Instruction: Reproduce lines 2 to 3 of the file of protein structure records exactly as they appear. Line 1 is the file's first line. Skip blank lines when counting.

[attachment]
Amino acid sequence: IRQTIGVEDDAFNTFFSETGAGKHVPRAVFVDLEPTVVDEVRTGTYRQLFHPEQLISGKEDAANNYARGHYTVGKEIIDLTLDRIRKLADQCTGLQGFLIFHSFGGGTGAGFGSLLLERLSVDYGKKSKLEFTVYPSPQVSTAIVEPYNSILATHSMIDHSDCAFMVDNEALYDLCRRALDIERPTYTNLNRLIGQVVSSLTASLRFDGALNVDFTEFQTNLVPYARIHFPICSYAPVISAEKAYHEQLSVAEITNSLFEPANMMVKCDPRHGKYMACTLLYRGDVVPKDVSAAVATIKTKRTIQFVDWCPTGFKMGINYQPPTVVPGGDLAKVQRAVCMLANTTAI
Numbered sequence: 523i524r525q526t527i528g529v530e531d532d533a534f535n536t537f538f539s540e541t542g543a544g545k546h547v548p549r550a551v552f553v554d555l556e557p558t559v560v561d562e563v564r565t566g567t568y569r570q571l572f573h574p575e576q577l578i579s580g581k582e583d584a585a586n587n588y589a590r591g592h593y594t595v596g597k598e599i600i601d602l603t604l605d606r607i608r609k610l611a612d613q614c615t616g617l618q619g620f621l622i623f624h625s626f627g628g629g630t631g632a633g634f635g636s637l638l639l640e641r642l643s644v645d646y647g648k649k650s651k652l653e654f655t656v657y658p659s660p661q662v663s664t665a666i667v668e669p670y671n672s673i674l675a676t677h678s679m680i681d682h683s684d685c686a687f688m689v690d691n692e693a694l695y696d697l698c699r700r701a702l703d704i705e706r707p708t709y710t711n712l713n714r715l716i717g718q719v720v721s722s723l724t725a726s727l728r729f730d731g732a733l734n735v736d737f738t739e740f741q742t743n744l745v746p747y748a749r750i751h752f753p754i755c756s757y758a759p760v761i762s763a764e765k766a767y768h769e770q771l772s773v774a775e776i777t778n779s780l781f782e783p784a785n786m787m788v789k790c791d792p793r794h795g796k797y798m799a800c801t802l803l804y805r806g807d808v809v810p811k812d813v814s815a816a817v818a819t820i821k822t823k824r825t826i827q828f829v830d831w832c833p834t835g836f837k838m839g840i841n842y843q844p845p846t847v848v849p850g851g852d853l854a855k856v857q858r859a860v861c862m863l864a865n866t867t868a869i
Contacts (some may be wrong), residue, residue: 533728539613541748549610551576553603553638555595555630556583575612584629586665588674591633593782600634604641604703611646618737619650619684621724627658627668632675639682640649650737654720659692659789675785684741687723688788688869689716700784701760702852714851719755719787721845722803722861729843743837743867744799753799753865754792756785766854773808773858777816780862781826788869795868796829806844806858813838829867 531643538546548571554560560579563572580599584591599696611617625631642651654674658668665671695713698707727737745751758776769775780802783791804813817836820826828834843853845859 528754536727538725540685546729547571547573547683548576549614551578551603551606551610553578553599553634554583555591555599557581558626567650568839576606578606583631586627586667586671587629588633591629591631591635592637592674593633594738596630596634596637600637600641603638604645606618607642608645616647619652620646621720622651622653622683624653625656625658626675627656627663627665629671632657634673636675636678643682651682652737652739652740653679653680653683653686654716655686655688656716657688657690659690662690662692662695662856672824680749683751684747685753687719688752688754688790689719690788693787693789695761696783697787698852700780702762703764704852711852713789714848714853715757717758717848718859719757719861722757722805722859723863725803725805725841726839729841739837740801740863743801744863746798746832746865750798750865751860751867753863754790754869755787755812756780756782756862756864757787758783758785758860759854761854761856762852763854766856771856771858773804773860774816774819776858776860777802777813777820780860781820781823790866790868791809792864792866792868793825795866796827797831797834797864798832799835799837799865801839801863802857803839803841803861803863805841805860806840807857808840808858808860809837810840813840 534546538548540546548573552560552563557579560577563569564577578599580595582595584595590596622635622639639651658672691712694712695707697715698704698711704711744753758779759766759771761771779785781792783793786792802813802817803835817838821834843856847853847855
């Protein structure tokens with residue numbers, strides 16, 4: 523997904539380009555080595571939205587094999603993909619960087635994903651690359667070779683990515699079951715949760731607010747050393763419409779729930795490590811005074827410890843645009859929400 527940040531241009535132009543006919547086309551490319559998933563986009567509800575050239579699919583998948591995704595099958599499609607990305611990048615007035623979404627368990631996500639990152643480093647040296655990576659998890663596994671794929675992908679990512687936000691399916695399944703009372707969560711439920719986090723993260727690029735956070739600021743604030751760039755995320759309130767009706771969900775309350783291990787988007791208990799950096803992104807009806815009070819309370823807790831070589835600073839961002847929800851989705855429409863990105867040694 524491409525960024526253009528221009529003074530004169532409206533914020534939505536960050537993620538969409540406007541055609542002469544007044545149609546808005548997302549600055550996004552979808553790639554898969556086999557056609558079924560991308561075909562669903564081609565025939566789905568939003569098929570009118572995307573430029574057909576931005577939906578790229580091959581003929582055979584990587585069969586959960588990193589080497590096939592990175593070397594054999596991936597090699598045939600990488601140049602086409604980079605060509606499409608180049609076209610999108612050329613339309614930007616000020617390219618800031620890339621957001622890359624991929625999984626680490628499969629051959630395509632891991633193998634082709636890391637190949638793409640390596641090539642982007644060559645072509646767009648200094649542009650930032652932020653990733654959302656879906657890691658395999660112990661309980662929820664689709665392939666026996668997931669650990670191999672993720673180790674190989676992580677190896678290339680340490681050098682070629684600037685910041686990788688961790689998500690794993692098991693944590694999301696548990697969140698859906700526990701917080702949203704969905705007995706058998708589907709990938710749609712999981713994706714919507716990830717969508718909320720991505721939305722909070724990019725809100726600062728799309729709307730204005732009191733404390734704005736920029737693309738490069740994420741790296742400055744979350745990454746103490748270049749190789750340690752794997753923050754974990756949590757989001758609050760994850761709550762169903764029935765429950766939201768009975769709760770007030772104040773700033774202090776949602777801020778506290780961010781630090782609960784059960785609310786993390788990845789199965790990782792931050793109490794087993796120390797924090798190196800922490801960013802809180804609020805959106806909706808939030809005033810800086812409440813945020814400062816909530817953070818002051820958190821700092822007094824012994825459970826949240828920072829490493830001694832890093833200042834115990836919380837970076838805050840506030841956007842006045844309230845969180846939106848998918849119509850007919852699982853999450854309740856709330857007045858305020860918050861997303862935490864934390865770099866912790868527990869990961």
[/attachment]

Numbered sequence: 523i524r525q526t527i528g529v530e531d532d533a534f535n536t537f538f539s540e541t542g543a544g545k546h547v548p549r550a551v552f553v554d555l556e557p558t559v560v561d562e563v564r565t566g567t568y569r570q571l572f573h574p575e576q577l578i579s580g581k582e583d584a585a586n587n588y589a590r591g592h593y594t595v596g597k598e599i600i601d602l603t604l605d606r607i608r609k610l611a612d613q614c615t616g617l618q619g620f621l622i623f624h625s626f627g628g629g630t631g632a633g634f635g636s637l638l639l640e641r642l643s644v645d646y647g648k649k650s651k652l653e654f655t656v657y658p659s660p661q662v663s664t665a666i667v668e669p670y671n672s673i674l675a676t677h678s679m680i681d682h683s684d685c686a687f688m689v690d691n692e693a694l695y696d697l698c699r700r701a702l703d704i705e706r707p708t709y710t711n712l713n714r715l716i717g718q719v720v721s722s723l724t725a726s727l728r729f730d731g732a733l734n735v736d737f738t739e740f741q742t743n744l745v746p747y748a749r750i751h752f753p754i755c756s757y758a759p760v761i762s763a764e765k766a767y768h769e770q771l772s773v774a775e776i777t778n779s780l781f782e783p784a785n786m787m788v789k790c791d792p793r794h795g796k797y798m799a800c801t802l803l804y805r806g807d808v809v810p811k812d813v814s815a816a817v818a819t820i821k822t823k824r825t826i827q828f829v830d831w832c833p834t835g836f837k838m839g840i841n842y843q844p845p846t847v848v849p850g851g852d853l854a855k856v857q858r859a860v861c862m863l864a865n866t867t868a869i
Contacts (some may be wrong), residue, residue: 533728539613541748549610551576553603553638555595555630556583575612584629586665588674591633593782600634604641604703611646618737619650619684621724627658627668632675639682640649650737654720659692659789675785684741687723688788688869689716700784701760702852714851719755719787721845722803722861729843743837743867744799753799753865754792756785766854773808773858777816780862781826788869795868796829806844806858813838829867 531643538546548571554560560579563572580599584591599696611617625631642651654674658668665671695713698707727737745751758776769775780802783791804813817836820826828834843853845859 528754536727538725540685546729547571547573547683548576549614551578551603551606551610553578553599553634554583555591555599557581558626567650568839576606578606583631586627586667586671587629588633591629591631591635592637592674593633594738596630596634596637600637600641603638604645606618607642608645616647619652620646621720622651622653622683624653625656625658626675627656627663627665629671632657634673636675636678643682651682652737652739652740653679653680653683653686654716655686655688656716657688657690659690662690662692662695662856672824680749683751684747685753687719688752688754688790689719690788693787693789695761696783697787698852700780702762703764704852711852713789714848714853715757717758717848718859719757719861722757722805722859723863725803725805725841726839729841739837740801740863743801744863746798746832746865750798750865751860751867753863754790754869755787755812756780756782756862756864757787758783758785758860759854761854761856762852763854766856771856771858773804773860774816774819776858776860777802777813777820780860781820781823790866790868791809792864792866792868793825795866796827797831797834797864798832799835799837799865801839801863802857803839803841803861803863805841805860806840807857808840808858808860809837810840813840 534546538548540546548573552560552563557579560577563569564577578599580595582595584595590596622635622639639651658672691712694712695707697715698704698711704711744753758779759766759771761771779785781792783793786792802813802817803835817838821834843856847853847855